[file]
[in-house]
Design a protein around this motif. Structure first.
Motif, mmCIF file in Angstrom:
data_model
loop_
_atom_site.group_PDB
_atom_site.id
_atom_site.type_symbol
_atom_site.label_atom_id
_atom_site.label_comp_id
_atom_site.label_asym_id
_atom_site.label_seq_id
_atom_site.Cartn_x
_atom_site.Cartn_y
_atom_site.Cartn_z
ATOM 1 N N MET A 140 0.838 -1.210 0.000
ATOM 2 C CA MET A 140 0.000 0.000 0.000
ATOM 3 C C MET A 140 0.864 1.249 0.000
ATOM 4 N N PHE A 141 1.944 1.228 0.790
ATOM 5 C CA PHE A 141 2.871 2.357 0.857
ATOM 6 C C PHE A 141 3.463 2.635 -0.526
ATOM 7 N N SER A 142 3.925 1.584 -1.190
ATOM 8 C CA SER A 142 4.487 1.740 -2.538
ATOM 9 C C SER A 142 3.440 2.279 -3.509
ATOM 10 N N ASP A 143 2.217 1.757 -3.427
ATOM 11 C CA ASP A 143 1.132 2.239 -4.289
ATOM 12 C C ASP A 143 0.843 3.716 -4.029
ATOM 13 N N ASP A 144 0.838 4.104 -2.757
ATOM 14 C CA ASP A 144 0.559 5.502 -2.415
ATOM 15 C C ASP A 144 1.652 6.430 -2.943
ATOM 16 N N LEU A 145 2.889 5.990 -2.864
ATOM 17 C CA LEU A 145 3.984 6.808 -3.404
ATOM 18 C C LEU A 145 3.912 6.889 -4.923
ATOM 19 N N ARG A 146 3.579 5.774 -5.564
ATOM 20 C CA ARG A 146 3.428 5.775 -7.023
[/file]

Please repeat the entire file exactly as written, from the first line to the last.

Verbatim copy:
[in-house]
Design a protein around this motif. Structure first.
Motif, mmCIF file in Angstrom:
data_model
loop_
_atom_site.group_PDB
_atom_site.id
_atom_site.type_symbol
_atom_site.label_atom_id
_atom_site.label_comp_id
_atom_site.label_asym_id
_atom_site.label_seq_id
_atom_site.Cartn_x
_atom_site.Cartn_y
_atom_site.Cartn_z
ATOM 1 N N MET A 140 0.838 -1.210 0.000
ATOM 2 C CA MET A 140 0.000 0.000 0.000
ATOM 3 C C MET A 140 0.864 1.249 0.000
ATOM 4 N N PHE A 141 1.944 1.228 0.790
ATOM 5 C CA PHE A 141 2.871 2.357 0.857
ATOM 6 C C PHE A 141 3.463 2.635 -0.526
ATOM 7 N N SER A 142 3.925 1.584 -1.190
ATOM 8 C CA SER A 142 4.487 1.740 -2.538
ATOM 9 C C SER A 142 3.440 2.279 -3.509
ATOM 10 N N ASP A 143 2.217 1.757 -3.427
ATOM 11 C CA ASP A 143 1.132 2.239 -4.289
ATOM 12 C C ASP A 143 0.843 3.716 -4.029
ATOM 13 N N ASP A 144 0.838 4.104 -2.757
ATOM 14 C CA ASP A 144 0.559 5.502 -2.415
ATOM 15 C C ASP A 144 1.652 6.430 -2.943
ATOM 16 N N LEU A 145 2.889 5.990 -2.864
ATOM 17 C CA LEU A 145 3.984 6.808 -3.404
ATOM 18 C C LEU A 145 3.912 6.889 -4.923
ATOM 19 N N ARG A 146 3.579 5.774 -5.564
ATOM 20 C CA ARG A 146 3.428 5.775 -7.023